There are precious few clothing shops anywhere in the world that can still be called ‘destinations’: unique stores that aren’t in every country and every airport, where visiting them is a distinct pleasure of travelling to the city.

I think New & Lingwood still deserves to be among those few. By holding onto its unique aesthetic, its range and specialities, it has if anything become more unusual and therefore more of a destination for the sartorially curious shopper.

N&L carries 15 different colours of cords. It has trousers in five different tartans. The Mackintosh raincoats come in five colours, but the biggest sellers are orange and green; navy and grey are less popular. There is the biggest range of patterned over-the-calf socks anywhere in London.

It is this range of colour and pattern that customers come to N&L for – and of course the loyalty of those customers allows the store to carry on stocking them. The second store across the Arcade is dominated by luxurious dressing gowns, all designed by director Simon Maloney in tiny runs. You need quite a fanatical following to justify that storefront selling just gowns from £850-£2250.

In items such as overcoats and tweed jackets, that aesthetic is translated as fancy linings and coloured undercollars, among other things. The problem with this is that one season can turn such things from nice quirks to naff fads. “We try to change those things regularly, to avoid any faddishness,” says Simon. “We also vary more fundamental things about the designs such as 20s-style patch pockets on the coats, or gauntlet cuffs.”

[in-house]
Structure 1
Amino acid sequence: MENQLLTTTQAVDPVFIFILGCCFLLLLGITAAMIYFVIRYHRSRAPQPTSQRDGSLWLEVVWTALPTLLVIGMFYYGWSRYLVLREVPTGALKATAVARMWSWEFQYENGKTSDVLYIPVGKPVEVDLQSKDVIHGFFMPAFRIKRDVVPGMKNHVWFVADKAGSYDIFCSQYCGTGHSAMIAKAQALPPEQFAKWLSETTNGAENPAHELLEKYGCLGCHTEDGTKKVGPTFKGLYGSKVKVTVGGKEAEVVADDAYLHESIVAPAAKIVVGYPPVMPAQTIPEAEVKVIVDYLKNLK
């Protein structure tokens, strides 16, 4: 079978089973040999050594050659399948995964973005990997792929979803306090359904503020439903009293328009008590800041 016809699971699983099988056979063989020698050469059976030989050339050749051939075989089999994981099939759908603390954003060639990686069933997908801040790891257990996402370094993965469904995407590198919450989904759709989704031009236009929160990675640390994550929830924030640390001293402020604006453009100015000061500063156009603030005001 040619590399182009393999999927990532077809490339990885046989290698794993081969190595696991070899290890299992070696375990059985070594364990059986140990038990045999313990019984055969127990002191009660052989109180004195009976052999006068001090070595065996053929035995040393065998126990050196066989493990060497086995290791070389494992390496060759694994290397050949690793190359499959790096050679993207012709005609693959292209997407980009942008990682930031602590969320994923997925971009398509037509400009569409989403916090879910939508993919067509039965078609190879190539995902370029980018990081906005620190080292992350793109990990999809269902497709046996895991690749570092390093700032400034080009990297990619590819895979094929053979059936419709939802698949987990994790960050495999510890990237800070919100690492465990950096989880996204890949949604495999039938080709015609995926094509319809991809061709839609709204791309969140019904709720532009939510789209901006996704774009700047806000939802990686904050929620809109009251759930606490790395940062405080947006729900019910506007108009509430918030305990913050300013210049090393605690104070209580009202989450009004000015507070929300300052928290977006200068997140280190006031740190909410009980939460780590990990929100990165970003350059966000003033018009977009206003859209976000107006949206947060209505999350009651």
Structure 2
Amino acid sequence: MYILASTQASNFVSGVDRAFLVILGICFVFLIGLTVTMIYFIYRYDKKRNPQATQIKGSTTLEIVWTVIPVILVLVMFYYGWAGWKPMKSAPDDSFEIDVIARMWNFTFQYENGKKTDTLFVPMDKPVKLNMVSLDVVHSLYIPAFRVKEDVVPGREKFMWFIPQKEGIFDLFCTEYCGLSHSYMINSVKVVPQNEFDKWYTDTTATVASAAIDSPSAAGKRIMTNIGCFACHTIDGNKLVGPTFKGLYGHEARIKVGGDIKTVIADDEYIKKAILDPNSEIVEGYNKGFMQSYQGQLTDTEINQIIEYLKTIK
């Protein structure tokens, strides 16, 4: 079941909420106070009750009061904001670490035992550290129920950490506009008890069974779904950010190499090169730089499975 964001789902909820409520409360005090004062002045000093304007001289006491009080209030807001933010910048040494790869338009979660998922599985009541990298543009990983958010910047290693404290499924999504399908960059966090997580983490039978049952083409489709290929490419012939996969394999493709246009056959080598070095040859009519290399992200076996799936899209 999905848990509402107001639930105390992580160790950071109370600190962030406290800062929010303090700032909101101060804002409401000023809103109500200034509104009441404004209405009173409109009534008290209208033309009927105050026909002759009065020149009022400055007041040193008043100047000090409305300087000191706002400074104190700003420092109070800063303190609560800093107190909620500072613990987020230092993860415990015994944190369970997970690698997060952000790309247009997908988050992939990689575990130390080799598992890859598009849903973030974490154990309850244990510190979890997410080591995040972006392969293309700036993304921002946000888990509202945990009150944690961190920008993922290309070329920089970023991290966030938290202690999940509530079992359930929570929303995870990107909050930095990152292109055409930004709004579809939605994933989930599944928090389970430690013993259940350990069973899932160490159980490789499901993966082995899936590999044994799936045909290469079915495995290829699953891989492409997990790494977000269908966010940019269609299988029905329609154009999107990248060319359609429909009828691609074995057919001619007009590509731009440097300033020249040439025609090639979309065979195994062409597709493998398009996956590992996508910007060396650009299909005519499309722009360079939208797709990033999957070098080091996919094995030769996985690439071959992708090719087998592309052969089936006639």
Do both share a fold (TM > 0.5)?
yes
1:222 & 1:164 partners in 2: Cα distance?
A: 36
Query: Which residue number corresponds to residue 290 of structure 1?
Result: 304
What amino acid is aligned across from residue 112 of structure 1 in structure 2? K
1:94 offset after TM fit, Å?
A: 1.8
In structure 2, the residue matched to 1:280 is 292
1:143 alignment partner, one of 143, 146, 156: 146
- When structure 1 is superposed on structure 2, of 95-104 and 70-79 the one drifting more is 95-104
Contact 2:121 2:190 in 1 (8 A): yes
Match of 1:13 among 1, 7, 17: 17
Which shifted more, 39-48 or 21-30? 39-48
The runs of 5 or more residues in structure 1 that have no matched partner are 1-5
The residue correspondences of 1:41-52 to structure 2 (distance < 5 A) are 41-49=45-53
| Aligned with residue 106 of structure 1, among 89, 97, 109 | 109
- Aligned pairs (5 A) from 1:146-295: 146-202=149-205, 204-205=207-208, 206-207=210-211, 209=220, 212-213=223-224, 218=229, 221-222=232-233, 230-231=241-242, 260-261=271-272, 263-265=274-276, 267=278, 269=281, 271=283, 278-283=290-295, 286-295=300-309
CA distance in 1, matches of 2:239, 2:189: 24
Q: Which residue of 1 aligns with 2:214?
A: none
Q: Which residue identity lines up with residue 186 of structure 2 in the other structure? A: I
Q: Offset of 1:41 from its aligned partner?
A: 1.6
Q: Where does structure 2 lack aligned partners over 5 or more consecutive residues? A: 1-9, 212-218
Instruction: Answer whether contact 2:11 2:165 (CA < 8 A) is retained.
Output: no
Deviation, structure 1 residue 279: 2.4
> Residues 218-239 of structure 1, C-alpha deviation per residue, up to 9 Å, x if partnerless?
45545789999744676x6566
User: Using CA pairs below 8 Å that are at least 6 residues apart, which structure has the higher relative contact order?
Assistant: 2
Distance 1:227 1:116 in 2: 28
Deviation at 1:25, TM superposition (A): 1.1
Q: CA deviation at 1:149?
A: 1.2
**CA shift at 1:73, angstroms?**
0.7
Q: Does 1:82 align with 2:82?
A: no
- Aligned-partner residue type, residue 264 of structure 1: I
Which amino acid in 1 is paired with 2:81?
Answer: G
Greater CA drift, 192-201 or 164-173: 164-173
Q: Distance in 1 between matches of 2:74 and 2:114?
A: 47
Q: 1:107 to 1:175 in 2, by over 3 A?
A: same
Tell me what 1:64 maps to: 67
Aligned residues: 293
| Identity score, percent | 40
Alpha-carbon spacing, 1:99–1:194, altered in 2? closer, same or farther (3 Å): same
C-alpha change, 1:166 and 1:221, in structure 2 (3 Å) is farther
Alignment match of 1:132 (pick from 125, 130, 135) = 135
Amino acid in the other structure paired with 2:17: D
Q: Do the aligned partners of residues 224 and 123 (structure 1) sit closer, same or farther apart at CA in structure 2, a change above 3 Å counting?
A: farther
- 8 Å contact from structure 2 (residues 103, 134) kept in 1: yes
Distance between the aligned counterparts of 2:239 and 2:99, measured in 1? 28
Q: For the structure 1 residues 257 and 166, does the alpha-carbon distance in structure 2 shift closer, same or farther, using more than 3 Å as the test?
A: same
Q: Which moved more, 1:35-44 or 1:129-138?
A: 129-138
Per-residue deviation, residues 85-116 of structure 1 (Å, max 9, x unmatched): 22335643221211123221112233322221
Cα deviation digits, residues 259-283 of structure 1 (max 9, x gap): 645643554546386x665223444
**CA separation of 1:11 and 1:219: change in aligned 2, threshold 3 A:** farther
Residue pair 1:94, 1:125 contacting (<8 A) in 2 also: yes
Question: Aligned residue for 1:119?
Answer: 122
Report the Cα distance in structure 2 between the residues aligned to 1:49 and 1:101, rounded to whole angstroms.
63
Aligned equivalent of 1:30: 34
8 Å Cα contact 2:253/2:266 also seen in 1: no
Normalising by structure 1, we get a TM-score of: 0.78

More attractive is New & Lingwood’s unusual items. It is one of only two places in London that still has stiff collars and shirtfronts, for example; this season it is stocking both opera capes and postal capes; there are feather-covered hats in the window; and it continues to get odd requests from customers who turn to it as a last resort. Recently someone asked for ‘weepers’: black cotton armbands that go over a suit during a funeral, to allow the wearer a large surface area on which to wipe away their tears. The shop sourced them, and indeed stocked them for a while, though it no longer does.

The quality is good. This is not bespoke or handmade clothing (unlike the Stefano Bemer shoes), but it uses British or Italian materials throughout and usually European manufacturers. The cords have side fasteners, not belt loops, as do the suits. The cords are Brisbane Moss, we’ve already mentioned Mackintosh, and the cashmere is all Scottish. Simon admits that the cashmere being made in China is now pretty much the same quality as that from Scotland, but they stick with Scottish on principle (even though it’s more expensive).

A few years ago New & Lingwood started a licence deal with House of Fraser that allows it to sell suits and shirts under the New & Lingwood name. That’s unfortunate, for me, as it has the potential to damage the brand. But then shirts and suits are not the best thing about N&L by a long way. I’m more interested in those capes.

When Autumn/Winter stock is all in we will follow up with a more image-heavy post on some of New & Lingwood’s more unusual items.

Photos: Luke Carby